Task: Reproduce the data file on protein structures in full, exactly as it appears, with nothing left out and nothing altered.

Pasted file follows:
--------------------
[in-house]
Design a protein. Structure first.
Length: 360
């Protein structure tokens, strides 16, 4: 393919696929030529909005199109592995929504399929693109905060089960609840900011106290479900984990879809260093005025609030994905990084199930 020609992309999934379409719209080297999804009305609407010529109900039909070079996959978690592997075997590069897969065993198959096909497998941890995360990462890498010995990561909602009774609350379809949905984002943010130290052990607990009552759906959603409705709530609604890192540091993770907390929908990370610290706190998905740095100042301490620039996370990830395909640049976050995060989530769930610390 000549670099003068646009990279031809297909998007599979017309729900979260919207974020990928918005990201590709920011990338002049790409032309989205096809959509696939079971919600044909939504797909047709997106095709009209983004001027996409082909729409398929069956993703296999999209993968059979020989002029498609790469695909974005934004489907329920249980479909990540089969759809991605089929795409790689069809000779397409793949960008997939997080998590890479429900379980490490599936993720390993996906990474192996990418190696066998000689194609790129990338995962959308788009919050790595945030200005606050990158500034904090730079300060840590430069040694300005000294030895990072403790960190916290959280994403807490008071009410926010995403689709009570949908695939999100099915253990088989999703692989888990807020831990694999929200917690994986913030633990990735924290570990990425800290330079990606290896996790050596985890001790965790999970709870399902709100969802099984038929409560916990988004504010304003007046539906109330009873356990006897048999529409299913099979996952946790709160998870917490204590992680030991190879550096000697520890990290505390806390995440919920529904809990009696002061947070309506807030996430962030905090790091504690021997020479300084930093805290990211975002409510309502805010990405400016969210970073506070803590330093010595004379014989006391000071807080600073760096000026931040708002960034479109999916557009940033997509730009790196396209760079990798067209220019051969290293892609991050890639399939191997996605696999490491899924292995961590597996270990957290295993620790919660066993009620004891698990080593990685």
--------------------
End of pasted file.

[in-house]
Design a protein. Structure first.
Length: 360
């Protein structure tokens, strides 16, 4: 393919696929030529909005199109592995929504399929693109905060089960609840900011106290479900984990879809260093005025609030994905990084199930 020609992309999934379409719209080297999804009305609407010529109900039909070079996959978690592997075997590069897969065993198959096909497998941890995360990462890498010995990561909602009774609350379809949905984002943010130290052990607990009552759906959603409705709530609604890192540091993770907390929908990370610290706190998905740095100042301490620039996370990830395909640049976050995060989530769930610390 000549670099003068646009990279031809297909998007599979017309729900979260919207974020990928918005990201590709920011990338002049790409032309989205096809959509696939079971919600044909939504797909047709997106095709009209983004001027996409082909729409398929069956993703296999999209993968059979020989002029498609790469695909974005934004489907329920249980479909990540089969759809991605089929795409790689069809000779397409793949960008997939997080998590890479429900379980490490599936993720390993996906990474192996990418190696066998000689194609790129990338995962959308788009919050790595945030200005606050990158500034904090730079300060840590430069040694300005000294030895990072403790960190916290959280994403807490008071009410926010995403689709009570949908695939999100099915253990088989999703692989888990807020831990694999929200917690994986913030633990990735924290570990990425800290330079990606290896996790050596985890001790965790999970709870399902709100969802099984038929409560916990988004504010304003007046539906109330009873356990006897048999529409299913099979996952946790709160998870917490204590992680030991190879550096000697520890990290505390806390995440919920529904809990009696002061947070309506807030996430962030905090790091504690021997020479300084930093805290990211975002409510309502805010990405400016969210970073506070803590330093010595004379014989006391000071807080600073760096000026931040708002960034479109999916557009940033997509730009790196396209760079990798067209220019051969290293892609991050890639399939191997996605696999490491899924292995961590597996270990957290295993620790919660066993009620004891698990080593990685």